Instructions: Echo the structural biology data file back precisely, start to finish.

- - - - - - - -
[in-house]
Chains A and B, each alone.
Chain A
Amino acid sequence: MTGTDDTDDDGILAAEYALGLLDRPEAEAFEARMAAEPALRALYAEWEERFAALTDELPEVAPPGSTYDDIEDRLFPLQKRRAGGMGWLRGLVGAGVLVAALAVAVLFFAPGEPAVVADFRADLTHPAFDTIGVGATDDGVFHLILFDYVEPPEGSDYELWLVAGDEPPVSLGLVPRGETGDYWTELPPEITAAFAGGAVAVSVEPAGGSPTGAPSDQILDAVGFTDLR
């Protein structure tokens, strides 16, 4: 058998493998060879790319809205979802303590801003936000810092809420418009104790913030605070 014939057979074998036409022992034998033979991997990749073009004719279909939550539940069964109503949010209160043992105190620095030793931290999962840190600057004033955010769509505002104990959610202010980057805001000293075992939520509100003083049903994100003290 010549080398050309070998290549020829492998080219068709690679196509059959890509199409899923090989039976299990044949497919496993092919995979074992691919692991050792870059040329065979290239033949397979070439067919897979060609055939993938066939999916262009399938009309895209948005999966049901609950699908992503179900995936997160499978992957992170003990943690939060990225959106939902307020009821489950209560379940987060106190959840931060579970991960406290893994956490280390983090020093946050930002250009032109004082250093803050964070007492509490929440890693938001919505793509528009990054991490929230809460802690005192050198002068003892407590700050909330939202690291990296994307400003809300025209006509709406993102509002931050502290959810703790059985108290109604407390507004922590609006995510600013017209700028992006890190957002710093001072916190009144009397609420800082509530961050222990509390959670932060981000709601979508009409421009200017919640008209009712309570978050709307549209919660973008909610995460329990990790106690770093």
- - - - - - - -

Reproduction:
[in-house]
Chains A and B, each alone.
Chain A
Amino acid sequence: MTGTDDTDDDGILAAEYALGLLDRPEAEAFEARMAAEPALRALYAEWEERFAALTDELPEVAPPGSTYDDIEDRLFPLQKRRAGGMGWLRGLVGAGVLVAALAVAVLFFAPGEPAVVADFRADLTHPAFDTIGVGATDDGVFHLILFDYVEPPEGSDYELWLVAGDEPPVSLGLVPRGETGDYWTELPPEITAAFAGGAVAVSVEPAGGSPTGAPSDQILDAVGFTDLR
């Protein structure tokens, strides 16, 4: 058998493998060879790319809205979802303590801003936000810092809420418009104790913030605070 014939057979074998036409022992034998033979991997990749073009004719279909939550539940069964109503949010209160043992105190620095030793931290999962840190600057004033955010769509505002104990959610202010980057805001000293075992939520509100003083049903994100003290 010549080398050309070998290549020829492998080219068709690679196509059959890509199409899923090989039976299990044949497919496993092919995979074992691919692991050792870059040329065979290239033949397979070439067919897979060609055939993938066939999916262009399938009309895209948005999966049901609950699908992503179900995936997160499978992957992170003990943690939060990225959106939902307020009821489950209560379940987060106190959840931060579970991960406290893994956490280390983090020093946050930002250009032109004082250093803050964070007492509490929440890693938001919505793509528009990054991490929230809460802690005192050198002068003892407590700050909330939202690291990296994307400003809300025209006509709406993102509002931050502290959810703790059985108290109604407390507004922590609006995510600013017209700028992006890190957002710093001072916190009144009397609420800082509530961050222990509390959670932060981000709601979508009409421009200017919640008209009712309570978050709307549209919660973008909610995460329990990790106690770093």